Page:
Today is the first day of the OCD Awareness Week.
We treat OCD daily at Turning Point Psychological Services and it is heartbreaking to see how many people go years and years before they are properly diagnosed and treated.
We will be posting daily updates, blogs, and other information throughout the week. Please help us spread the awareness of this disorder.
Please read further to learn more about OCD.
If you are a parent of a child who has OCD, you know only too well how easy it is to get entangled in an endless argument where you try to use logic to no avail. You tell your child how unlikely it is that something bad will happen, you teach her to think positively, you reassure her, and you try to help her out.
Do you wonder whether you may suffer from undiagnosed OCD?
You may have intrusive thoughts and maybe even some rituals, but your room is unbelievably messy, and you don’t feel you have to wash your hands all the time. And even though your thoughts are driving you nuts, they are actually about realistically dangerous things, things that most people would be scared of happening. And nobody even notices your rituals.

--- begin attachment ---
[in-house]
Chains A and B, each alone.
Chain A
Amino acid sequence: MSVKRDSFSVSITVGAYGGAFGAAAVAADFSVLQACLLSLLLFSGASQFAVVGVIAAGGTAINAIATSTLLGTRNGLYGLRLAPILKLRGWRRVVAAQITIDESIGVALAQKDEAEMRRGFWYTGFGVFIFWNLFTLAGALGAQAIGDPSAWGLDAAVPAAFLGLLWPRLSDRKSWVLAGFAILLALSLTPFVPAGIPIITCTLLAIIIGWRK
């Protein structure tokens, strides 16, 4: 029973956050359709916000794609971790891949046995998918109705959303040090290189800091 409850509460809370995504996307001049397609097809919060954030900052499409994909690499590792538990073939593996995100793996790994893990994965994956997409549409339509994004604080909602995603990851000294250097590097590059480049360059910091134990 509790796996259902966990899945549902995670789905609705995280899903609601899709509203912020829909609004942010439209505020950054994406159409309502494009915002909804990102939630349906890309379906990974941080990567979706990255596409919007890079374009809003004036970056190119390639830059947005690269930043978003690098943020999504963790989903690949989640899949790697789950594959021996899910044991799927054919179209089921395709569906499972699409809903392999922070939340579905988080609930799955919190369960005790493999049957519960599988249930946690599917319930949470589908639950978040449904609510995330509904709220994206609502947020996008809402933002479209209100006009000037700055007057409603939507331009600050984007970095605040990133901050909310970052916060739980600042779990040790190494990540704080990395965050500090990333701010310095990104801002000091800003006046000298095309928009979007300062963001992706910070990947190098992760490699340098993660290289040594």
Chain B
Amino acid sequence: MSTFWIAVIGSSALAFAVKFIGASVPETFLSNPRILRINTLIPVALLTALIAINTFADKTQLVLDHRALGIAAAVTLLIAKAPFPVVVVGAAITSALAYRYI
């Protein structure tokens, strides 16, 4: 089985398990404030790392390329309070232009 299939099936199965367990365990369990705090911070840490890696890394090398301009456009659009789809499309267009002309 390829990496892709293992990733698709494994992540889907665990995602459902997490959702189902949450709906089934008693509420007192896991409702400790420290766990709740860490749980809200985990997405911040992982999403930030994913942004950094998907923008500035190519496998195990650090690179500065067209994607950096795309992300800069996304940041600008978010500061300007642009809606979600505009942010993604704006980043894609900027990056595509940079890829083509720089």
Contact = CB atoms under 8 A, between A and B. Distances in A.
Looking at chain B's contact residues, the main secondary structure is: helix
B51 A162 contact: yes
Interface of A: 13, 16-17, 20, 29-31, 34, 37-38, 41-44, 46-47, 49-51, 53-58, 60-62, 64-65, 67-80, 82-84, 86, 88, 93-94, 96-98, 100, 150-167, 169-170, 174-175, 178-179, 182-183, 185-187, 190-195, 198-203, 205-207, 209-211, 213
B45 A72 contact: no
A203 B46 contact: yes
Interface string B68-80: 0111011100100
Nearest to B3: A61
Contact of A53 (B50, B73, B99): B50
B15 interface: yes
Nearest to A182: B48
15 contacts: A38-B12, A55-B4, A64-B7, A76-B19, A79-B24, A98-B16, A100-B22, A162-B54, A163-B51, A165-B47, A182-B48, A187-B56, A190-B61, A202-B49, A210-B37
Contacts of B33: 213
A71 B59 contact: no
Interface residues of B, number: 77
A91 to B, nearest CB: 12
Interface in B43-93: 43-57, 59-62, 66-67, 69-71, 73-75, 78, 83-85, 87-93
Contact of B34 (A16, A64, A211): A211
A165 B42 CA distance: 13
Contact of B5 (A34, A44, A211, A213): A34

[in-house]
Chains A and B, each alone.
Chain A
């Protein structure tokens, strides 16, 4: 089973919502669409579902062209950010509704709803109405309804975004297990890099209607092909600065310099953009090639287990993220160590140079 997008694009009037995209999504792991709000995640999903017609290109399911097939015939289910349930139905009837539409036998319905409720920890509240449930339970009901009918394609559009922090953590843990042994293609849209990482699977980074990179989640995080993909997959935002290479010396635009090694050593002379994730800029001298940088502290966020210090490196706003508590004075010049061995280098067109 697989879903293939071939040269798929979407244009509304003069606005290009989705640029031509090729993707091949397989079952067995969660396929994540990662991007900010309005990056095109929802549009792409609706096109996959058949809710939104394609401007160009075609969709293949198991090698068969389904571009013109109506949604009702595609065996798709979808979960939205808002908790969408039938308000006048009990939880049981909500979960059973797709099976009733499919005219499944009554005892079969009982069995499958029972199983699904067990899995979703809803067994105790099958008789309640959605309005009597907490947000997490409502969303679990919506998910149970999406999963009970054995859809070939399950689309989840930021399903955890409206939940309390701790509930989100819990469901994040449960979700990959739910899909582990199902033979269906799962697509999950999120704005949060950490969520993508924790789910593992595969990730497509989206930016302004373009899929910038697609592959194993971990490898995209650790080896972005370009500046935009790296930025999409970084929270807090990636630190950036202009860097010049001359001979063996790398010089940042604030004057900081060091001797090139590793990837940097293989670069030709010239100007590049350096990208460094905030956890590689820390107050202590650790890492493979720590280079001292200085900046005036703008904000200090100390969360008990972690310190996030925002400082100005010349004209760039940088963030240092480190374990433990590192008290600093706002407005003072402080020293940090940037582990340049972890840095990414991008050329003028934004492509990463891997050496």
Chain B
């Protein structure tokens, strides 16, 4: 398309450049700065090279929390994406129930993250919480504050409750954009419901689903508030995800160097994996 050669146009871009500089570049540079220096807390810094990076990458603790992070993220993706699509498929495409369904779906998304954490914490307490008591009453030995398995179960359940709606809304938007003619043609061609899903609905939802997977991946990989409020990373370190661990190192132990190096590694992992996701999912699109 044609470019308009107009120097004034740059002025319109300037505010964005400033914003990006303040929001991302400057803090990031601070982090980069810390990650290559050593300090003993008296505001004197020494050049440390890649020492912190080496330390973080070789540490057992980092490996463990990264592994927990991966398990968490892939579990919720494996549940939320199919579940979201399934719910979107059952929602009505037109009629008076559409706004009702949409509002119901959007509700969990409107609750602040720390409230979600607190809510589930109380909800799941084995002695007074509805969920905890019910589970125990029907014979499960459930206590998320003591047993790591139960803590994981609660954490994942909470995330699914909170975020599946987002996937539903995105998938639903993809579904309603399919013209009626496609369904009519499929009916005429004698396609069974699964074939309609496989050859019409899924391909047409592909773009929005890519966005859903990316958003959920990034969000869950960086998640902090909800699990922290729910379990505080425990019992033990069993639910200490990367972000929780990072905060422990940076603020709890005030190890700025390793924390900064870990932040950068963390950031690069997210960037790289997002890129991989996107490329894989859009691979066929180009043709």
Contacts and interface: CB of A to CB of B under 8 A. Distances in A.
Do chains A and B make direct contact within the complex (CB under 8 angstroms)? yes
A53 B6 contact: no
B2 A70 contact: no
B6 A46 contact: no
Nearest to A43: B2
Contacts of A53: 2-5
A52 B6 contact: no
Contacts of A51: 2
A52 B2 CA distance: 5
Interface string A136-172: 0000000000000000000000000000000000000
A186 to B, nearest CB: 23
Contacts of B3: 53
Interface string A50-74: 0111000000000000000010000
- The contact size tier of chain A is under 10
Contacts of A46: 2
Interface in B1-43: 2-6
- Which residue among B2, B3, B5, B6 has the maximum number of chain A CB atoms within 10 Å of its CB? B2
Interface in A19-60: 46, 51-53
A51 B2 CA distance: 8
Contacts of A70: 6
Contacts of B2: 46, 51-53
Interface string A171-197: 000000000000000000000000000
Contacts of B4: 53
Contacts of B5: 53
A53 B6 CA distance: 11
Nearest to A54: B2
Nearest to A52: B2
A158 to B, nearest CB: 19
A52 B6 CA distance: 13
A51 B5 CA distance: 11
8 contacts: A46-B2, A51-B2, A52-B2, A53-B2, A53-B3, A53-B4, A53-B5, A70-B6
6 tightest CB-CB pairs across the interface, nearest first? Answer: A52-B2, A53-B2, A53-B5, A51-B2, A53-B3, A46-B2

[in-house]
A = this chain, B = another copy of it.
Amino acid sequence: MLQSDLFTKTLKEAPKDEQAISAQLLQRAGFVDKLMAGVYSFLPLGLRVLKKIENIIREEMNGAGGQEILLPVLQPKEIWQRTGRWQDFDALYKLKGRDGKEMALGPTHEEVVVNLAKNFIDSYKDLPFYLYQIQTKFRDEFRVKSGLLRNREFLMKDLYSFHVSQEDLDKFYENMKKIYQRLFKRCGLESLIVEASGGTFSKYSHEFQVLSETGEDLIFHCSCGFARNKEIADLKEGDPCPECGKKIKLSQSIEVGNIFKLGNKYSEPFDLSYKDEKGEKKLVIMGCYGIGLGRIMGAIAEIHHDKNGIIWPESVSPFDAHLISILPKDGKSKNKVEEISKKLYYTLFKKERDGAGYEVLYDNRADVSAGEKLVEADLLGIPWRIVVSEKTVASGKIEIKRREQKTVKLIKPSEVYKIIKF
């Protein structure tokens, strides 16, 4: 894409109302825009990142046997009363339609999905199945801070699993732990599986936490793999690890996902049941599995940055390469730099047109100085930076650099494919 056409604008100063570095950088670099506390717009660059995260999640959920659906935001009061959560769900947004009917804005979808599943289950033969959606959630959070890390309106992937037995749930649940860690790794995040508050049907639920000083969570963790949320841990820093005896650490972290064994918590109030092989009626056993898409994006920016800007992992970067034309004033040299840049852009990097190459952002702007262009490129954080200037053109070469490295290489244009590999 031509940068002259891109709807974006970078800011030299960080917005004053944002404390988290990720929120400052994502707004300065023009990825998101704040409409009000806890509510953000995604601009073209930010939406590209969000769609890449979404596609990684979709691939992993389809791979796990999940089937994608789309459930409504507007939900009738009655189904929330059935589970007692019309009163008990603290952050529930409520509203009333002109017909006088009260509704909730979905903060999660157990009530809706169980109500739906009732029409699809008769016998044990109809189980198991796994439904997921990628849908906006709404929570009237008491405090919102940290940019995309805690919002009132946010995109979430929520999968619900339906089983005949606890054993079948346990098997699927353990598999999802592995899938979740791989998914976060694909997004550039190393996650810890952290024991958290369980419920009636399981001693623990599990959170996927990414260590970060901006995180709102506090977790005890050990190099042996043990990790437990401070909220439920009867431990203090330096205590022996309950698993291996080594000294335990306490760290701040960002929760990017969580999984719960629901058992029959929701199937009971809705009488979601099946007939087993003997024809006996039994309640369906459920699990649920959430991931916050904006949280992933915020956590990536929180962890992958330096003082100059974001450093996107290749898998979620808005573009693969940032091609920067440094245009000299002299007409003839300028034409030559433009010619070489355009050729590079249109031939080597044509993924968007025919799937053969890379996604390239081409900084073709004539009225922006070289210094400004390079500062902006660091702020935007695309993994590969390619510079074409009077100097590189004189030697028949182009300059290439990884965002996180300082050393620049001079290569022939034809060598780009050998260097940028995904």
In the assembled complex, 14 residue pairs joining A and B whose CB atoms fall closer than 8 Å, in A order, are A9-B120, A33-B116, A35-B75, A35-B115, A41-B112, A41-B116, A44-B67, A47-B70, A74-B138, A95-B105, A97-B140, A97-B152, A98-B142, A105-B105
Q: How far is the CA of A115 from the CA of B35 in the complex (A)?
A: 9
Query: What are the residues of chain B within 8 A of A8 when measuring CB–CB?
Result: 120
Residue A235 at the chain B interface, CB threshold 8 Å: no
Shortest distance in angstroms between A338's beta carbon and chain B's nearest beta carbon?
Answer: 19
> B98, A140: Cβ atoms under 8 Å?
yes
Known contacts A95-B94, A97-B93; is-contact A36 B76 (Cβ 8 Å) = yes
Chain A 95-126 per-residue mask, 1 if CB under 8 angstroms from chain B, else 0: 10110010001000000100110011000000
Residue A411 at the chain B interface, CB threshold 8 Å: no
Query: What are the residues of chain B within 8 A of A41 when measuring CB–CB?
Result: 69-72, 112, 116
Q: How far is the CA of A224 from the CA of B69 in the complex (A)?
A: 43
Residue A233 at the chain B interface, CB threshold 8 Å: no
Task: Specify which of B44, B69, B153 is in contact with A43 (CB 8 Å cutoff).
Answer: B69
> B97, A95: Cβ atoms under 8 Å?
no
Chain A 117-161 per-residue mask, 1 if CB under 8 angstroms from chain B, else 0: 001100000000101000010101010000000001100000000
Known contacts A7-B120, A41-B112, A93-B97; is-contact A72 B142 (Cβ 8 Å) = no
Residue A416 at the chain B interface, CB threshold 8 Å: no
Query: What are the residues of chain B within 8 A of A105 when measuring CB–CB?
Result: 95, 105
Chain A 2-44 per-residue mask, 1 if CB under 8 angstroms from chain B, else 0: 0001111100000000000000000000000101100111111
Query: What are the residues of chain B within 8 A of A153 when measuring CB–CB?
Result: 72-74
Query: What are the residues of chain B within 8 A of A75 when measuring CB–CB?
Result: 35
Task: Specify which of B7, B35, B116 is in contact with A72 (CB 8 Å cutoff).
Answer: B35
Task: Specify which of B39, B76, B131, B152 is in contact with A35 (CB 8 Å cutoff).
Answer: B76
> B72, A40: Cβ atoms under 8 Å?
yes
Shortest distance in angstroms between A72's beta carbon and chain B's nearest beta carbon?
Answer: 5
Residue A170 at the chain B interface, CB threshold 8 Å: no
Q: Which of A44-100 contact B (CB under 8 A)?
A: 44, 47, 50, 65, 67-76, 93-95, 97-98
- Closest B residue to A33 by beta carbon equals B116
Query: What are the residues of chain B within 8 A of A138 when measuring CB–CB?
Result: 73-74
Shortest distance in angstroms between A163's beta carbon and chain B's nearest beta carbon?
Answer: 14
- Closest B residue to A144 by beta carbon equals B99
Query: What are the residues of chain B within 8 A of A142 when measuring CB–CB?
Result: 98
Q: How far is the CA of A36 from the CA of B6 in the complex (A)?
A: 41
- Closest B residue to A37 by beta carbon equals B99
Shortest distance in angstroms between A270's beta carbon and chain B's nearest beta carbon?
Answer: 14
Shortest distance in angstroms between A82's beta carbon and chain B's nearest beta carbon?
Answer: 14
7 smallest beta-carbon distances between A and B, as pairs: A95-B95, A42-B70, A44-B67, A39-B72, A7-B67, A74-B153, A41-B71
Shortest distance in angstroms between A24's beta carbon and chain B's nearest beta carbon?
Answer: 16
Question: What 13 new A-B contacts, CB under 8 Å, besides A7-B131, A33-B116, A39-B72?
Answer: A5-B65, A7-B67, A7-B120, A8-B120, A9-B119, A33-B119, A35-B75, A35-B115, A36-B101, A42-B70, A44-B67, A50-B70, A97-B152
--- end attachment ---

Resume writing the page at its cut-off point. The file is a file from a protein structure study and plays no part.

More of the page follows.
As I’m stepping out of my office into the reception area to get my next patient, Michael, I can see that he is distressed.
“What’s going on?” I ask as we take our seats.
This is a question we get asked a lot at our OCD clinic: “How do I know if this thought is my OCD or if it is a ‘normal’ thought?” It usually happens when a person in treatment has certain familiar “regular” OCD thoughts, but then suddenly gets hit with a new, unfamiliar, unwanted intrusive thought that may or may not be OCD-related.
Trichotillomania (TTM or Trich – pronounced as “trick”) is a disorder where a person repeatedly pulls hair, which results in hair loss. This condition is diagnosed when the person is unable to decrease or stop pulling despite the willingness to do so and feels embarrassed, ashamed, and distressed.